In: Health10 Jul 2010
A few months after the new cholesterol guidelines were announced last year, I went to a free educational luncheon semi- nar for physicians. It was sponsored by an unrestricted third-party grant from a pharmaceutical company; academic cardiologists from excellent universities made fair-balanced presentations on the subject of cholesterol-lowering drugs.
We filed in, 250 of us. Tables of 10 were set, decorated with glossy notebooks and PowerPoint printouts. Most of us, however, headed straight for the buffet.
The luncheon was remarkable for two reasons: First, the seminar and the food served contradicted each other. On the one hand, the expert cardiologists expounded on the need for cholesterol control, its relationship to heart disease, and its importance in the prevention of all vascular disease.
But on the other hand, physicians consumed platters of cold corned beef, Swiss cheese, pan-fried chicken piccata and pecan sticky rolls, slathered with real butter. Oiled pasta with butter, without vegetables. Airy white and rye breads, without a trace of fiber. Canned soda. It seemed that many of us eating lunch had no idea that what we were eating was bad for us.
Second and sadly, the food was actually better than the usual fare at medical conferences. There were fresh salads and vegetables. There was fresh melon, albeit chunked into unwieldy shapes. There were diet sodas, along with the others.
But this seminar was typical in most ways. Physicians lined up to have a meal, in an orderly way. They showed no displeasure at eating what was served. If only they knew that corned beef and buttered pasta for the heart are like unfiltered cigarettes for the lungs. And that fish and soy are like seat belts.
You’d think that an educational program on cholesterol management would be an ideal forum for dietary role modeling. A few small changes in what you eat can make a big difference in your cholesterol level. Unfortunately, the food served probably raised everyone’s cholesterol level, and not their good cholesterol (HDL), either. canadian cialis
Of course, there are foods that lower harmful LDL cholesterol levels. Fruits and vegetables, soy, whole grains, nuts, legumes, beans, red wine and fish top that list. Preparing those foods flavor-fully is easy for an expert hotel kitchen, used to cranking out hundreds or even thousands of meals daily. Chefs love using their imaginations and creating food that people love and want to come back for.
But maybe doctors don’t request cholesterol-lowering foods at conferences, and don’t even avoid cholesterol-raising ones because they’re just grateful to be fed. Or perhaps doctors genuinely enjoy trays of battered chicken and cold cheese, and plates of pecan rolls and butter. Perhaps doctors prefer the check-off meal choices routinely made by a hotel conference manager or meeting planner to the extra work involved in winning over a hotel catering staff. Or perhaps the already arranged food is cheaper, more familiar, and easier to eat than arranging for something new—healthy, delicious conference food.
But I think doctors just don’t know what’s in what they’re eating and what’s being served. Because if they did, they would want other choices. What if doctors led by example on eating to lower cholesterol levels? What if doctors actually ate the food they prescribed to their patients?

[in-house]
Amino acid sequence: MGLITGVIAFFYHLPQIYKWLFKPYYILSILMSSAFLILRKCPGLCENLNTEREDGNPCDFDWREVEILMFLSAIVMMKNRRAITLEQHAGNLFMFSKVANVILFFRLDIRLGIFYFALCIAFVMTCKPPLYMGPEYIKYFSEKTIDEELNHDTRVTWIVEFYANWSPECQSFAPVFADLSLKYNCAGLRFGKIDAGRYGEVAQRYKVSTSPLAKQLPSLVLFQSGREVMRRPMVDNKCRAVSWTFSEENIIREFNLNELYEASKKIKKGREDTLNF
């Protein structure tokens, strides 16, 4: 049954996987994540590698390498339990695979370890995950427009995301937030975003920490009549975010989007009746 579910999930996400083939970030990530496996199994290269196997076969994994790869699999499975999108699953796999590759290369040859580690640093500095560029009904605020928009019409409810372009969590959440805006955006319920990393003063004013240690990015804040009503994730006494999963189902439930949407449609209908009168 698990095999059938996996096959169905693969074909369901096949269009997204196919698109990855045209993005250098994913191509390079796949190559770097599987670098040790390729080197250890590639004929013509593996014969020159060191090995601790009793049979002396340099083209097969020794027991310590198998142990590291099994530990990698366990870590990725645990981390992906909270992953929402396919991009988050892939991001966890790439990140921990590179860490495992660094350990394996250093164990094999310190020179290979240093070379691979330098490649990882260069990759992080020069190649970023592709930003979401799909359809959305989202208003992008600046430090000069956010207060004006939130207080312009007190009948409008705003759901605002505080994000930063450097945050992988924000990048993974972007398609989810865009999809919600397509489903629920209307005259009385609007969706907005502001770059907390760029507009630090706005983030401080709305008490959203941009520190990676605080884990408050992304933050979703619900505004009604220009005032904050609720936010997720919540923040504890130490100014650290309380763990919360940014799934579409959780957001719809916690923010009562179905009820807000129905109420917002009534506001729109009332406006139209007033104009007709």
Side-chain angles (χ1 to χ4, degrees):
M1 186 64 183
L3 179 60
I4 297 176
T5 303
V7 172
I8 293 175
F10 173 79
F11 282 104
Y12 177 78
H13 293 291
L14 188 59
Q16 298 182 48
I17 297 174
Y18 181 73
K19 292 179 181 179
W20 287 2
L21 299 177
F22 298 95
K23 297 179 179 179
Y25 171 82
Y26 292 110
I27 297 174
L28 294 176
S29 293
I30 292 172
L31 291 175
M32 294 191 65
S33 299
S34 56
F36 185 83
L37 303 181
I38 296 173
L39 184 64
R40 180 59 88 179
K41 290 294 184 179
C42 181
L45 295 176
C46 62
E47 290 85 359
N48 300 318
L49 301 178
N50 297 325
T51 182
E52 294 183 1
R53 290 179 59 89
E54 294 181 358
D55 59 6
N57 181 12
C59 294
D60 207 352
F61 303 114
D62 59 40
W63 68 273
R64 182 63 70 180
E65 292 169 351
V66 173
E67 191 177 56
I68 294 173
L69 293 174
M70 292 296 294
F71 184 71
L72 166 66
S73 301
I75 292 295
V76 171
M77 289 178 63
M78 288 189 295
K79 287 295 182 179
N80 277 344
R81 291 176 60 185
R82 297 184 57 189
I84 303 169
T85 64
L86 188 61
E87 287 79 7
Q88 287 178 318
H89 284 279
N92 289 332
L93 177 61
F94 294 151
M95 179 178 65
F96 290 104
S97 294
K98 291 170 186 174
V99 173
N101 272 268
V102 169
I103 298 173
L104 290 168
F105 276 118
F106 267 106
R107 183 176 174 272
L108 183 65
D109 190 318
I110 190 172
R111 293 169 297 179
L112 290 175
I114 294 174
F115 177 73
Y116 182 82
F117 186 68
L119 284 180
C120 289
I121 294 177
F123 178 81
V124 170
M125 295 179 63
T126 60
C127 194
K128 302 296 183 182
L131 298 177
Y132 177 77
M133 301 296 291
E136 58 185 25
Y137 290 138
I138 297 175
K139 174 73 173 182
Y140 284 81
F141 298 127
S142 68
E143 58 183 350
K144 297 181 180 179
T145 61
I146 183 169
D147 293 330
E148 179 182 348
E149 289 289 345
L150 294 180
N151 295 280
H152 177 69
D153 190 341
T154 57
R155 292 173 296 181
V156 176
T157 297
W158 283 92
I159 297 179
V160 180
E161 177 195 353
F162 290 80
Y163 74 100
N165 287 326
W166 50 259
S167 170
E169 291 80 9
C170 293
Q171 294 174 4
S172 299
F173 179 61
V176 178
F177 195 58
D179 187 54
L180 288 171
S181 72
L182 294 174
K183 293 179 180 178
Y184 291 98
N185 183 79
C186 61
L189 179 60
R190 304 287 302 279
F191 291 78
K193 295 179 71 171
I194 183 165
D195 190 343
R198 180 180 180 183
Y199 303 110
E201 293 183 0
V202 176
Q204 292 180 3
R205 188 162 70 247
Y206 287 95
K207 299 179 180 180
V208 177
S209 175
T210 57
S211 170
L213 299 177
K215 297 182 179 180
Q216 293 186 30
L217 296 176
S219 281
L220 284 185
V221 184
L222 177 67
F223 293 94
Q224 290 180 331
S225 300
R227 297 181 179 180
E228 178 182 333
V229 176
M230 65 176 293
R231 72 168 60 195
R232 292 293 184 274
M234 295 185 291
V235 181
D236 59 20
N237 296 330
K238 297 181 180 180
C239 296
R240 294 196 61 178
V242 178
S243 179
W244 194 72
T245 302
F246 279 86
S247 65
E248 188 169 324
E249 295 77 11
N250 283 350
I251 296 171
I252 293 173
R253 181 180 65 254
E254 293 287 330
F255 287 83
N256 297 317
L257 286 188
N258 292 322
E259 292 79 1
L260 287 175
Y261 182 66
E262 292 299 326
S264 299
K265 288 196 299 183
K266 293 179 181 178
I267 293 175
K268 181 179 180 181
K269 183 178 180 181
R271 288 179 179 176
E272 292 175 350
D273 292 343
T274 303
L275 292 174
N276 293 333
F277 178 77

Doctors have led by example before-with tobacco. Many doctors have stopped smoking, and even more have never started. Just 2% of medical students smoke, according to a 1998 JAMA survey, compared to 24% of the general population. Smoking isn’t tolerated inside hospitals any more. Smoking isn’t permitted at medical conferences—or for that matter, in many hotel lobbies. Maybe heavy, fatty, oily, high saturated fat and high trans-fat foods ought to banned at medical conferences, too.
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Physicians are readying to prescribe the $13 billion in cholesterol-lowering medications that the Wall Street Journal predicts the U.S. will spend this year. And they are, by and large, very effective, very useful medications. But what a difference a meal—a conference meal—could make.
At the First International Wellness Conference in Galveston, Texas, in January, the food was spectacular. For breakfast, leek, potato and asparagus egg white frittatas. Smoked salmon with capers, egg, and red onion. Soy milk, whole grain cereals, green tea, and moist banana nut muffins made with applesauce instead of shortening.
For lunch, Red Snapper Vera Cruz. Mexican brown rice with peas and corn. Hand-rolled, lightly baked homemade chicken cilantro enchiladas, with roasted tomatillo sauce. Frijoles charro, fresh guacamole, and pico de gallo. Just-squeezed grapefruit and orange juices. No soda, anywhere. For dessert, whole pears poached in gewtirztraminer and cloves, flan with caramel sauce and raspberries, and beautiful tiny blueberry tartlets.
I know the food was great and good for you because I designed the menu—and the doctors loved it.
Food at medical conferences should show doctors how to eat for flavor, and eat healthfully. Only then can doctors help their patients make the changes needed to improve cholesterol levels and prevent heart disease.
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